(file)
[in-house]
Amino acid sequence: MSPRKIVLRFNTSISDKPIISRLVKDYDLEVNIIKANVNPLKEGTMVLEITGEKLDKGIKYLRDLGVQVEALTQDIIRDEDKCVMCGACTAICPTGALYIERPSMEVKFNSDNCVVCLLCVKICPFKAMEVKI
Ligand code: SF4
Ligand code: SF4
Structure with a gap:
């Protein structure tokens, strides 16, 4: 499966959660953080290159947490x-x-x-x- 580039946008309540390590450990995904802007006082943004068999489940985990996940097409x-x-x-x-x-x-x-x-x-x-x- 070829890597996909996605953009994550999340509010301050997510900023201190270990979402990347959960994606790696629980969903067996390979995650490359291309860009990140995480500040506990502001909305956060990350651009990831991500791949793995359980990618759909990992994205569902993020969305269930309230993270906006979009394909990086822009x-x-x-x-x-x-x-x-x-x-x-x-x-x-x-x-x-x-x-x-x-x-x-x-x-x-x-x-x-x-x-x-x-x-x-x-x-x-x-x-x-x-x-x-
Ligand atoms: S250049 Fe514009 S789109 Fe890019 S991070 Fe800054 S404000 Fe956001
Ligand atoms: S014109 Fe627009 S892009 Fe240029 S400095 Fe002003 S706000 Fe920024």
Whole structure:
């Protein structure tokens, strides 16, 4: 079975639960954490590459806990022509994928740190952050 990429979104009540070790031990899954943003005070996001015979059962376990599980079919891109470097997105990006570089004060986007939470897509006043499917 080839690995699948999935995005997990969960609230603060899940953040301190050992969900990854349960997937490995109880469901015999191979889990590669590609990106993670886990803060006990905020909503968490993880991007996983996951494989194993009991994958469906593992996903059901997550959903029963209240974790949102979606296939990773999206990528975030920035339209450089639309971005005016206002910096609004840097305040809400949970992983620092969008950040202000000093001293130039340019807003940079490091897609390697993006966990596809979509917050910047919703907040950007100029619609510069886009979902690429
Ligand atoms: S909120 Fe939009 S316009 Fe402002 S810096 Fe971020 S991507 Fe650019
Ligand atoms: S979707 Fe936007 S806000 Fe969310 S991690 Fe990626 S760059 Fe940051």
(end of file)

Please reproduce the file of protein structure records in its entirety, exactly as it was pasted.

[in-house]
Amino acid sequence: MSPRKIVLRFNTSISDKPIISRLVKDYDLEVNIIKANVNPLKEGTMVLEITGEKLDKGIKYLRDLGVQVEALTQDIIRDEDKCVMCGACTAICPTGALYIERPSMEVKFNSDNCVVCLLCVKICPFKAMEVKI
Ligand code: SF4
Ligand code: SF4
Structure with a gap:
């Protein structure tokens, strides 16, 4: 499966959660953080290159947490x-x-x-x- 580039946008309540390590450990995904802007006082943004068999489940985990996940097409x-x-x-x-x-x-x-x-x-x-x- 070829890597996909996605953009994550999340509010301050997510900023201190270990979402990347959960994606790696629980969903067996390979995650490359291309860009990140995480500040506990502001909305956060990350651009990831991500791949793995359980990618759909990992994205569902993020969305269930309230993270906006979009394909990086822009x-x-x-x-x-x-x-x-x-x-x-x-x-x-x-x-x-x-x-x-x-x-x-x-x-x-x-x-x-x-x-x-x-x-x-x-x-x-x-x-x-x-x-x-
Ligand atoms: S250049 Fe514009 S789109 Fe890019 S991070 Fe800054 S404000 Fe956001
Ligand atoms: S014109 Fe627009 S892009 Fe240029 S400095 Fe002003 S706000 Fe920024």
Whole structure:
């Protein structure tokens, strides 16, 4: 079975639960954490590459806990022509994928740190952050 990429979104009540070790031990899954943003005070996001015979059962376990599980079919891109470097997105990006570089004060986007939470897509006043499917 080839690995699948999935995005997990969960609230603060899940953040301190050992969900990854349960997937490995109880469901015999191979889990590669590609990106993670886990803060006990905020909503968490993880991007996983996951494989194993009991994958469906593992996903059901997550959903029963209240974790949102979606296939990773999206990528975030920035339209450089639309971005005016206002910096609004840097305040809400949970992983620092969008950040202000000093001293130039340019807003940079490091897609390697993006966990596809979509917050910047919703907040950007100029619609510069886009979902690429
Ligand atoms: S909120 Fe939009 S316009 Fe402002 S810096 Fe971020 S991507 Fe650019
Ligand atoms: S979707 Fe936007 S806000 Fe969310 S991690 Fe990626 S760059 Fe940051």